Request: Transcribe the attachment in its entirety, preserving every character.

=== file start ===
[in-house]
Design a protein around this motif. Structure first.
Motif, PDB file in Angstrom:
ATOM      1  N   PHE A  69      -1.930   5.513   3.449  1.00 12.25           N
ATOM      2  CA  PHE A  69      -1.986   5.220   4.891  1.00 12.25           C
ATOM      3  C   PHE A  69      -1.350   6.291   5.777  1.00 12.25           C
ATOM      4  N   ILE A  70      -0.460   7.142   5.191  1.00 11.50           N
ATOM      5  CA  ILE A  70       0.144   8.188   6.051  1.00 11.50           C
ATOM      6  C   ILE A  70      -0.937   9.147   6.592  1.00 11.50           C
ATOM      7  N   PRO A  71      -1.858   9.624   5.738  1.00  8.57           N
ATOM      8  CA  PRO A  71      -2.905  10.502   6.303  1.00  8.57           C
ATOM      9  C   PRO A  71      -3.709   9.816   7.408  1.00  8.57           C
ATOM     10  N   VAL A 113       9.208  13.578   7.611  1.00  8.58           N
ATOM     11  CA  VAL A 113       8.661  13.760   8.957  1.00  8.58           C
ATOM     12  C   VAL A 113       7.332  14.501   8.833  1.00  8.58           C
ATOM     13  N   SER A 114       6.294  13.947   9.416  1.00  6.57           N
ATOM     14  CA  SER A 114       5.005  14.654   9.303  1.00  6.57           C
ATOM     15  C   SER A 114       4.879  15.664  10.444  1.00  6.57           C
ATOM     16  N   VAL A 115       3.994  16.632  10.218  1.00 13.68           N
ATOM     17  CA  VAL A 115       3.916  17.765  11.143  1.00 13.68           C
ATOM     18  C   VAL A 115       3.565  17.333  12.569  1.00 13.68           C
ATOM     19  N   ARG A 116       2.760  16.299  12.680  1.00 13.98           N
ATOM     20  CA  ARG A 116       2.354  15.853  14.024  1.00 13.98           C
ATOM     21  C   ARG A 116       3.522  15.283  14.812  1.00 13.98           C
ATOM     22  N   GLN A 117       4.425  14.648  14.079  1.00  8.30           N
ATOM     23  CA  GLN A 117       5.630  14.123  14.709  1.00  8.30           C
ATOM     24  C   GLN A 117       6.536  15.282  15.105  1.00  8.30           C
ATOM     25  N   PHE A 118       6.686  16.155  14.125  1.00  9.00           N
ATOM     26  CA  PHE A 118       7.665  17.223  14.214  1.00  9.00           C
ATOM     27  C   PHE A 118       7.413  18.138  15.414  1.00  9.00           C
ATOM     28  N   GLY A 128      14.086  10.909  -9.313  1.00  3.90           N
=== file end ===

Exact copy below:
[in-house]
Design a protein around this motif. Structure first.
Motif, PDB file in Angstrom:
ATOM      1  N   PHE A  69      -1.930   5.513   3.449  1.00 12.25           N
ATOM      2  CA  PHE A  69      -1.986   5.220   4.891  1.00 12.25           C
ATOM      3  C   PHE A  69      -1.350   6.291   5.777  1.00 12.25           C
ATOM      4  N   ILE A  70      -0.460   7.142   5.191  1.00 11.50           N
ATOM      5  CA  ILE A  70       0.144   8.188   6.051  1.00 11.50           C
ATOM      6  C   ILE A  70      -0.937   9.147   6.592  1.00 11.50           C
ATOM      7  N   PRO A  71      -1.858   9.624   5.738  1.00  8.57           N
ATOM      8  CA  PRO A  71      -2.905  10.502   6.303  1.00  8.57           C
ATOM      9  C   PRO A  71      -3.709   9.816   7.408  1.00  8.57           C
ATOM     10  N   VAL A 113       9.208  13.578   7.611  1.00  8.58           N
ATOM     11  CA  VAL A 113       8.661  13.760   8.957  1.00  8.58           C
ATOM     12  C   VAL A 113       7.332  14.501   8.833  1.00  8.58           C
ATOM     13  N   SER A 114       6.294  13.947   9.416  1.00  6.57           N
ATOM     14  CA  SER A 114       5.005  14.654   9.303  1.00  6.57           C
ATOM     15  C   SER A 114       4.879  15.664  10.444  1.00  6.57           C
ATOM     16  N   VAL A 115       3.994  16.632  10.218  1.00 13.68           N
ATOM     17  CA  VAL A 115       3.916  17.765  11.143  1.00 13.68           C
ATOM     18  C   VAL A 115       3.565  17.333  12.569  1.00 13.68           C
ATOM     19  N   ARG A 116       2.760  16.299  12.680  1.00 13.98           N
ATOM     20  CA  ARG A 116       2.354  15.853  14.024  1.00 13.98           C
ATOM     21  C   ARG A 116       3.522  15.283  14.812  1.00 13.98           C
ATOM     22  N   GLN A 117       4.425  14.648  14.079  1.00  8.30           N
ATOM     23  CA  GLN A 117       5.630  14.123  14.709  1.00  8.30           C
ATOM     24  C   GLN A 117       6.536  15.282  15.105  1.00  8.30           C
ATOM     25  N   PHE A 118       6.686  16.155  14.125  1.00  9.00           N
ATOM     26  CA  PHE A 118       7.665  17.223  14.214  1.00  9.00           C
ATOM     27  C   PHE A 118       7.413  18.138  15.414  1.00  9.00           C
ATOM     28  N   GLY A 128      14.086  10.909  -9.313  1.00  3.90           N